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Re: [MIT-Scheme-devel] multi-threading problem: Unassigned variable: roo

From: Matt Birkholz
Subject: Re: [MIT-Scheme-devel] multi-threading problem: Unassigned variable: root-continuation-default
Date: Thu, 26 Apr 2012 13:29:33 -0700

> From: "Micah Brodsky" <address@hidden>
> Date: Thu, 26 Apr 2012 11:10:47 -0400
> For your thread to have a sensible dynamic extent to run in, you probably
> want to do something like
> (call-with-current-continuation
>   (lambda (k)
>     (create-thread k thunk)))
> [...] I think what's happening is you have a simple default root
> continuation that, within it, doesn't have a default root
> continuation set.

I think so too.  The REPL provides a sensible default, but only for a
child thread.  It is apparently less than "sensible" for a grandchild
thread, created by the child, to share the REPL's dynamic state.

This works without consing another continuation AND sends the "ok" to
the far side.

(let ((socket (open-tcp-server-socket 54321))
      (k (create-thread-continuation)))
  (create-thread k (lambda ()
                     (let ((sock (tcp-server-connection-accept socket #t #f)))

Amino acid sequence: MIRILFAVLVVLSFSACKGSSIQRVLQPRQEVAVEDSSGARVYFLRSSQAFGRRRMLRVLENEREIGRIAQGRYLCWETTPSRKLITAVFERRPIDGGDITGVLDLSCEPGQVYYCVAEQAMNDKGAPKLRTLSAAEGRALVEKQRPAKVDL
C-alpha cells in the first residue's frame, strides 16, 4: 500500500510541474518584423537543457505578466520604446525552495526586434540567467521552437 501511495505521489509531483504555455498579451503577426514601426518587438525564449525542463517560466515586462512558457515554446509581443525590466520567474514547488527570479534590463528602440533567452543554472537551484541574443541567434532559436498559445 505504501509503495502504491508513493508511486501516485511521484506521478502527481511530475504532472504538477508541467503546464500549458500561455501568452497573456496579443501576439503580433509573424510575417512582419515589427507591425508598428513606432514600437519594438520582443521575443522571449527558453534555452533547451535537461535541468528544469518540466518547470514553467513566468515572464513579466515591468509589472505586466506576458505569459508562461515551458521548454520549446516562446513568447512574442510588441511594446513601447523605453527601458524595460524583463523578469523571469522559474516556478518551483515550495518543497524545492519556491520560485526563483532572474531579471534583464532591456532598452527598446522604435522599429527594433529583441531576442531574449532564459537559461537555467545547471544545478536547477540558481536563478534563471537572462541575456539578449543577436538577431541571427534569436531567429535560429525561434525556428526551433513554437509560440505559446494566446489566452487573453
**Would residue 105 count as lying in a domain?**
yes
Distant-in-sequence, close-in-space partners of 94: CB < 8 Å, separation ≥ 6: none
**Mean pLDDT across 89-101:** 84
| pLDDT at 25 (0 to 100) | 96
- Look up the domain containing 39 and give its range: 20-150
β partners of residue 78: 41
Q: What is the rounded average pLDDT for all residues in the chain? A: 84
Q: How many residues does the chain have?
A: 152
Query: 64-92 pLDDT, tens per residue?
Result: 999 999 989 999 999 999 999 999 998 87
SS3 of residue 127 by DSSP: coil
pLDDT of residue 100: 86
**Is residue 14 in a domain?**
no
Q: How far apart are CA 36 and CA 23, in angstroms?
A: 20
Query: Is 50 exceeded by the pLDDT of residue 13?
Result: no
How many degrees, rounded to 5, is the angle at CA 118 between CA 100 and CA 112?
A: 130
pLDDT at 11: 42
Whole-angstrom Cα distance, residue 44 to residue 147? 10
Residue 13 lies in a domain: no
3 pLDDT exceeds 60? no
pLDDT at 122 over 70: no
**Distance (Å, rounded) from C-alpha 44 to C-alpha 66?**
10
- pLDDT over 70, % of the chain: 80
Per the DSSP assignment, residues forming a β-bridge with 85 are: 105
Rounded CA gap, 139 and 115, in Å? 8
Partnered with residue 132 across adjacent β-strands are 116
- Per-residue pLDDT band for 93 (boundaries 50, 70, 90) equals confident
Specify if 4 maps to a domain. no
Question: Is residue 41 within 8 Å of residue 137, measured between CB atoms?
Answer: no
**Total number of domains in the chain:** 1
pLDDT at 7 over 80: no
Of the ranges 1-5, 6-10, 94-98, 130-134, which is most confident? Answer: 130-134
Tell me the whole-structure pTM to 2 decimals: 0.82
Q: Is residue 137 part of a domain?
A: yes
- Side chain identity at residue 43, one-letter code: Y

(create-thread k (lambda ()
                                          (display "ok\n" sock)
                                          (close-port sock)))))))

> While you're at it, do be careful about using sockets from multiple
> threads simultaneously. They're not really thread-safe like native
> OS sockets are. [...]

Ummm... one should be careful when using ANY resource from multiple
threads... so Scheme's ports/sockets each come with a mutex... so I
can only wonder what you're on about...  How "really thread-safe" are
"native OS sockets"?

> (Incidentally... I have on occasion tried to punt a computation from
> one thread into the dynamic extent of a continuation from another
> thread using within-continuation, making sure to call back to the
> original continuation when the computation finishes.

Continuations are a lower-level facility, and within-continuation
is not thread-aware, e.g. it does not change (current-thread).
You are using within-continuation to "call back to the original"?
It sounds like you switch stacks only to switch dynamic states.
Wouldn't get/set-dynamic-state! be more... direct?

> While this works fine when all continuations are from the same
> thread, the same code seems to leave the target thread orphaned in
> some way, never to return, when the continuations come from
> different threads. Does anyone know, is this a Bad thing to be
> doing?)

It shouldn't matter which thread created a continuation.

It IS a bad thing to ask about a "target thread orphaned in some way"
without giving any more details.  What "target" thread?  How so

Maybe you should put these tangents in quadruple parens, like this

    ((((Incidentally... meh.))))

so we know you know you are WAY off in the weeds. ;-)

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